"The important report by the Law Library of Congress and the initiative of the Helsinki Commission shed light on the long-endured destruction and desecration of Cyprus' cultural heritage in the Turkish-occupied area," said Ambassador of the Republic of Cyprus, Andreas S. Kakouris. The report details the ongoing plundering of religious sites in the Turkish-occupied northern region of Cyprus, and Turkey's responsibility as the occupying country, a clear violation of international law.
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Postby Oracle » Tue Jul 21, 2009 10:31 pm

Good post Cypriot!

Where is Samarkeolog? :?
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Postby shahmaran » Wed Jul 22, 2009 12:32 am

Heritage shmeritage!

Can you seriously claim that every single Mosque left down South has been taken care of and in good condition?

I very much doubt it as I am sure I have seen pictures proving otherwise.

Personally speaking, I couldn't give a rats ass if every single Mosque disappears tomorrow from the face of this island, so as much as I try, I just cannot feel any sympathy towards your loss, but I stress that this is just me.

But if your Church are so precious, than surely so must be our Mosques right?
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Postby Get Real! » Wed Jul 22, 2009 12:40 am

shahmaran wrote:Heritage shmeritage!

Can you seriously claim that every single Mosque left down South has been taken care of and in good condition?

I very much doubt it as I am sure I have seen pictures proving otherwise.

Personally speaking, I couldn't give a rats ass if every single Mosque disappears tomorrow from the face of this island, so as much as I try, I just cannot feel any sympathy towards your loss, but I stress that this is just me.

But if your Church are so precious, than surely so must be our Mosques right?

Cultural heritage doesn’t just refer to ancient places of worship (buildings) but priceless ancient artifacts… hundreds of them that were ransacked from museums and other places by your people during your infamous looting frenzy!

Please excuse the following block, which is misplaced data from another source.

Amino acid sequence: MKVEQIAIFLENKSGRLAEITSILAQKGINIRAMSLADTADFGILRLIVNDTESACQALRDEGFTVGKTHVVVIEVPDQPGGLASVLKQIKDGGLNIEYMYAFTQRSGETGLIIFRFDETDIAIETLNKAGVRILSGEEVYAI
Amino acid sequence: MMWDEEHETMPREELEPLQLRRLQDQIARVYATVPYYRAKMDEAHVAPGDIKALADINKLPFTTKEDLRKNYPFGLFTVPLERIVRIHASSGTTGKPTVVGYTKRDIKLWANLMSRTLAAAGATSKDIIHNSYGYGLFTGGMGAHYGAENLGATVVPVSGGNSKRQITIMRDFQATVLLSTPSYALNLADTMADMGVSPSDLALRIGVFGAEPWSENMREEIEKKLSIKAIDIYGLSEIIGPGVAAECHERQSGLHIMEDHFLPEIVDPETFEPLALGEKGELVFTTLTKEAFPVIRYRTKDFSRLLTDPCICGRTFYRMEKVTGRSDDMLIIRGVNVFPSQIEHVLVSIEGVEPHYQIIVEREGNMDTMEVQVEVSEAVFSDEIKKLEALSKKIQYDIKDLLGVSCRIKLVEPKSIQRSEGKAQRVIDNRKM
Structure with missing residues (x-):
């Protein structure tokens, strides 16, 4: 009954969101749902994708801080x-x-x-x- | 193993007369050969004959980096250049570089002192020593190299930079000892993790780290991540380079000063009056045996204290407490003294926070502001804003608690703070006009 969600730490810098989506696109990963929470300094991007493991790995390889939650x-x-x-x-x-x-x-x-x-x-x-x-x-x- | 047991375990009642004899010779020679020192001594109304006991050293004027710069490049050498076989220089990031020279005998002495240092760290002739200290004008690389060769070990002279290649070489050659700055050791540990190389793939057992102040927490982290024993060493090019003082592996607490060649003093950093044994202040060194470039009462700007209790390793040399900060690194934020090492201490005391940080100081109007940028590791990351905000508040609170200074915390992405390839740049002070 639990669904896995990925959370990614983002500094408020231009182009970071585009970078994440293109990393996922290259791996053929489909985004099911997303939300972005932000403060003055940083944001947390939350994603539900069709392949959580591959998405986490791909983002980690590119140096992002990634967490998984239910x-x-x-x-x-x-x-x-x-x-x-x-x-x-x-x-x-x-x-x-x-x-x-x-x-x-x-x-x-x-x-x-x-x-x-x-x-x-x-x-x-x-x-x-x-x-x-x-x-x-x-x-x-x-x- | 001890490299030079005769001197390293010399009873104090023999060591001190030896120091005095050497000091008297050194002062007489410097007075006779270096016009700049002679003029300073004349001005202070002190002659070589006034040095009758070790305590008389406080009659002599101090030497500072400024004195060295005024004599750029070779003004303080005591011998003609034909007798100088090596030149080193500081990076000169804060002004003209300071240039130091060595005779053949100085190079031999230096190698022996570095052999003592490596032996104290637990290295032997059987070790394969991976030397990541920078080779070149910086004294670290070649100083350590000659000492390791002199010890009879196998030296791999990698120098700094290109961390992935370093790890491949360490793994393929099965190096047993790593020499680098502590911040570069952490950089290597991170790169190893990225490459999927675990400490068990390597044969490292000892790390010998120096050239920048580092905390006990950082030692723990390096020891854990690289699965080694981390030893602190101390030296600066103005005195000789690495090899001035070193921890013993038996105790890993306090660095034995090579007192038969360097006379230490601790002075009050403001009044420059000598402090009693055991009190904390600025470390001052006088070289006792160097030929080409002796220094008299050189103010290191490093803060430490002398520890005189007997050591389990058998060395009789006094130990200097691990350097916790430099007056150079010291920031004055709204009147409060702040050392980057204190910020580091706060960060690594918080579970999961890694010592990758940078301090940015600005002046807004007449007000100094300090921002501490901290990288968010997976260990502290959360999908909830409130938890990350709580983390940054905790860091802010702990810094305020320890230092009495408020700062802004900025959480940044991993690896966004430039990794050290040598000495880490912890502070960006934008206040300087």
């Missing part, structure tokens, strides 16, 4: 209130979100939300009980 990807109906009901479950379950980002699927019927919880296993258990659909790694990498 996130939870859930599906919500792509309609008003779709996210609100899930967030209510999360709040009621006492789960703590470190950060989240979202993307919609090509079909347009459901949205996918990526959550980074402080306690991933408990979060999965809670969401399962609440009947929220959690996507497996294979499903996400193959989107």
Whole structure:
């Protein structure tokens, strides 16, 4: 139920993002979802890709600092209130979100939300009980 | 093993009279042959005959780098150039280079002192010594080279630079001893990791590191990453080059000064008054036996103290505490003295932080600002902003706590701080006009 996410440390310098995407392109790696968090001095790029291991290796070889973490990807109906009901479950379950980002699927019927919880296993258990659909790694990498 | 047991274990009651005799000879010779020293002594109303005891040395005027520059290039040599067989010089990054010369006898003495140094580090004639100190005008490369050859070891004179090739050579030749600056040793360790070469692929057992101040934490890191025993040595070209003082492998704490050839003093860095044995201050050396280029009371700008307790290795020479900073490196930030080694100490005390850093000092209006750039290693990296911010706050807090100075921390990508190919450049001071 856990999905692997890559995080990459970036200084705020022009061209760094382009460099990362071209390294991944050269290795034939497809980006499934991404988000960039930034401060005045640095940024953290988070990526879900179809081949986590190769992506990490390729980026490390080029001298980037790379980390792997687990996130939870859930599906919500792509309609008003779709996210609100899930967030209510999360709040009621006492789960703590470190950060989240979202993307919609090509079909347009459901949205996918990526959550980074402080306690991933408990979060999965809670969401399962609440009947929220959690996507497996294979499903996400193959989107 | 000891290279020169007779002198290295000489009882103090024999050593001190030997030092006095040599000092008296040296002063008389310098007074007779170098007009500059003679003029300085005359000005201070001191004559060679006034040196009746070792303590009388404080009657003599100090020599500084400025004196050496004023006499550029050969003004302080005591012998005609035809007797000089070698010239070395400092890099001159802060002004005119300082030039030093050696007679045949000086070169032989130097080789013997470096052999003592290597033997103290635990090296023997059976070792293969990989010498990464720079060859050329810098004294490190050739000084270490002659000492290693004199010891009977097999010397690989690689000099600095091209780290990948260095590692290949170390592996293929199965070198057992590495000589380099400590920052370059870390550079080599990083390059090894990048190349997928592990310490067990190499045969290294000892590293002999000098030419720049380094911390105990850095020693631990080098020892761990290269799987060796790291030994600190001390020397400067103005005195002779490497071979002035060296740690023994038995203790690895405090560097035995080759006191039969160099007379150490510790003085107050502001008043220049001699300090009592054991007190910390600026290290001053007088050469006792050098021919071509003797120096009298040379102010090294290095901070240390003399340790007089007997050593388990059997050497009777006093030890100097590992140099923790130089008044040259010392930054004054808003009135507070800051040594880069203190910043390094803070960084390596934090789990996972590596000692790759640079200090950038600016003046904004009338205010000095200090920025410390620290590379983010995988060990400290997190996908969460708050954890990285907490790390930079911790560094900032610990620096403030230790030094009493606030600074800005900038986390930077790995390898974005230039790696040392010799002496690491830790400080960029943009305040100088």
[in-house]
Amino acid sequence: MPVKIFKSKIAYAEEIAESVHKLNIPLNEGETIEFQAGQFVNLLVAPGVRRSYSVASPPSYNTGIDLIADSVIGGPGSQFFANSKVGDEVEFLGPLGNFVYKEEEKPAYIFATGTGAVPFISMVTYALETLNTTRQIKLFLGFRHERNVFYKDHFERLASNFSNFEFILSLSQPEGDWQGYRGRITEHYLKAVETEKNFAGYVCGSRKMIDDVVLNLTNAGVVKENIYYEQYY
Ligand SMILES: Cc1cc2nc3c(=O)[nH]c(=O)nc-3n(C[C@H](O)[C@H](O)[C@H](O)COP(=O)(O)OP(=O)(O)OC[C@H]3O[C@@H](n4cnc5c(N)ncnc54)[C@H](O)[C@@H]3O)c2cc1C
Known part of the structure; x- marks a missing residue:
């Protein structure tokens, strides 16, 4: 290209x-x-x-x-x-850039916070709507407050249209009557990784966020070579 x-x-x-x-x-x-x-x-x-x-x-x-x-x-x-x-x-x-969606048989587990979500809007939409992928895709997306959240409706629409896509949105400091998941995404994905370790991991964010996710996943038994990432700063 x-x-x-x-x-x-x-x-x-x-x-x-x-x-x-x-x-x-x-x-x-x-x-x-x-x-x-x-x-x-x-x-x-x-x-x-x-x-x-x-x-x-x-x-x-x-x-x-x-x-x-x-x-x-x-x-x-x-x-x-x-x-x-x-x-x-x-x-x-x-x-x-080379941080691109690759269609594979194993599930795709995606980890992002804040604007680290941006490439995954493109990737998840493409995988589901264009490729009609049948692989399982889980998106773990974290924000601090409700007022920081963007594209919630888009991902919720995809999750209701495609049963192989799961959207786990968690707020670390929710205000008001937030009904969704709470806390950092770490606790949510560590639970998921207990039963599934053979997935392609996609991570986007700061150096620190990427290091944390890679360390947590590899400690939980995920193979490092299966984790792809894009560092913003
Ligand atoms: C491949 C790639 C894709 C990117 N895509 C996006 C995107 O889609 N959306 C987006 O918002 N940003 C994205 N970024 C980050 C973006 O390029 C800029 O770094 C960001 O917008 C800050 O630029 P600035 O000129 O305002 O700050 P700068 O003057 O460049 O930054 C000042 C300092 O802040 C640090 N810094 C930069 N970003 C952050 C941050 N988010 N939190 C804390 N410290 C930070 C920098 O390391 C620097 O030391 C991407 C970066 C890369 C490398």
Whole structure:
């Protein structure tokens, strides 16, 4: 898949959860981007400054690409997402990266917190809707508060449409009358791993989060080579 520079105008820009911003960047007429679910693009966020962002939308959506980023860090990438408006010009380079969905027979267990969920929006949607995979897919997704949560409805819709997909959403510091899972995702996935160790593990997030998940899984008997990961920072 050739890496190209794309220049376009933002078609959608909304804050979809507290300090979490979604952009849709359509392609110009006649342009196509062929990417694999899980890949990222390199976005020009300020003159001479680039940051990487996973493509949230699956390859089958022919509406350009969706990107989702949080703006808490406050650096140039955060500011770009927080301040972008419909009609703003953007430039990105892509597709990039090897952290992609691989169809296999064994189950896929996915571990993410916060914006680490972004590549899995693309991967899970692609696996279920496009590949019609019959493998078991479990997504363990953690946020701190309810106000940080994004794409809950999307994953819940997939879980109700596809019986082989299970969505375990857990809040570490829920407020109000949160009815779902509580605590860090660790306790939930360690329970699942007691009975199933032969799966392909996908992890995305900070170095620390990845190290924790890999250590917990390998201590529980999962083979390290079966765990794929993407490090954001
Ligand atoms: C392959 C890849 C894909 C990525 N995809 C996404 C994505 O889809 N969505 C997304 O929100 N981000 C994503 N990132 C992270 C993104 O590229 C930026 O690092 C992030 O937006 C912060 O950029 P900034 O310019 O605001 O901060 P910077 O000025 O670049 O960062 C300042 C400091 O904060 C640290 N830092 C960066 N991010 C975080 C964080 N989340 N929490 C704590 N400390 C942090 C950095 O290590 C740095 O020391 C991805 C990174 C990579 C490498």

Ask your dad or grandpa… :wink:
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Postby The Cypriot » Wed Jul 22, 2009 12:41 am

shahmaran wrote:Heritage shmeritage!

Can you seriously claim that every single Mosque left down South has been taken care of and in good condition?


No. I'll let others who know more on this issue seriously claim it.

shahmaran wrote:I very much doubt it as I am sure I have seen pictures proving otherwise.


Find them. Post them.

shahmaran wrote:Personally speaking, I couldn't give a rats ass if every single Mosque disappears tomorrow from the face of this island, so as much as I try, I just cannot feel any sympathy towards your loss, but I stress that this is just me.


The loss is not just mine, but to all Cypriots and to UNESCO's World Cultural Heritage. You don't recognise the loss to the world just as the world doesn't recognise your pseudo-state in the north.

shahmaran wrote:But if your Church are so precious, than surely so must be our Mosques right?


Right. What do you take me for? A barbarian?
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Postby shahmaran » Wed Jul 22, 2009 12:46 am

Well you might not be a "barbarian" Cypriot, but your state seems to be, if that actually makes you a barbarian, not even sure how that works but whatever..
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Postby shahmaran » Wed Jul 22, 2009 12:56 am

I am not entirely sure if you have cleverly missed out certain parts of that article Cypriot, or maybe different versions of it has been published in different papers, but here you go, read it carefully;

EXCLUSIVE: Religious artifacts in Cyprus in 'great peril'


Religious artifacts on the divided island of Cyprus are in "great peril," according to a U.S. Helsinki Commission document to be released Tuesday afternoon.